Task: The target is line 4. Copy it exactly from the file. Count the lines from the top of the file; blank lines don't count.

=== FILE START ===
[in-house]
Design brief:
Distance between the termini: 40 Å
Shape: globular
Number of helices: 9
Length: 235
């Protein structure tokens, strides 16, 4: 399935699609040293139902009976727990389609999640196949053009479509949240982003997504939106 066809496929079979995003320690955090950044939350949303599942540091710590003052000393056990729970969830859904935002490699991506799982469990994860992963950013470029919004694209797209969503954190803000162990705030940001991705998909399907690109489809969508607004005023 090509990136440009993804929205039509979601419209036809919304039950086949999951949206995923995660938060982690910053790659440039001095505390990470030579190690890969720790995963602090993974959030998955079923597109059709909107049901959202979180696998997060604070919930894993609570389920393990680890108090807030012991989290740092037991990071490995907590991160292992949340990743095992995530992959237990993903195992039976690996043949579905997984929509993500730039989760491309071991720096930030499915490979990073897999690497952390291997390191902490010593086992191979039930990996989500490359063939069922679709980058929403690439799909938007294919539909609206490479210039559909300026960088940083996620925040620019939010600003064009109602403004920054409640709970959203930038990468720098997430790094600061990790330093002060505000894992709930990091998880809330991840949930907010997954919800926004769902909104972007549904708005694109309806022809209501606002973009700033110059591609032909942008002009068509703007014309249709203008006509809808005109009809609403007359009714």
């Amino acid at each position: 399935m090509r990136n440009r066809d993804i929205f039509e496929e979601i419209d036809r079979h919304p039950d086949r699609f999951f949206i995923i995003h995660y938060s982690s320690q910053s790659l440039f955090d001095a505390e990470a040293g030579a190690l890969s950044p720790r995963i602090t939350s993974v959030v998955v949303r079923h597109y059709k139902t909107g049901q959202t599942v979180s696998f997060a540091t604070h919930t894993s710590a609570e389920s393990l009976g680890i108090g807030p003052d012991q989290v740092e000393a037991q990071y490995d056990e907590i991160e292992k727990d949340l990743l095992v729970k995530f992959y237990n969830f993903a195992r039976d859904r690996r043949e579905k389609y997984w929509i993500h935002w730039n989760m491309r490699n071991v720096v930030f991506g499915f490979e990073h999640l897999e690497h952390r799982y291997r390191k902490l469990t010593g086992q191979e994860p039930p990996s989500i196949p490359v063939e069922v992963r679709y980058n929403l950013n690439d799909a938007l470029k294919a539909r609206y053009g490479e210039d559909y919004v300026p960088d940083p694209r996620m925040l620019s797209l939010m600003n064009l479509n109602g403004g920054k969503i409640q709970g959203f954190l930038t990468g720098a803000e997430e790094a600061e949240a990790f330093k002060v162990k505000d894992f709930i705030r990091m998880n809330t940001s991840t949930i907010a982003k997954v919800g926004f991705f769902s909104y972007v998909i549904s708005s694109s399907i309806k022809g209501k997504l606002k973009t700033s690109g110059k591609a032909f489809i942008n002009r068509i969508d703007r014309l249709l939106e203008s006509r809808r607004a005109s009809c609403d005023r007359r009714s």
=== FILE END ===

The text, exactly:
Shape: globular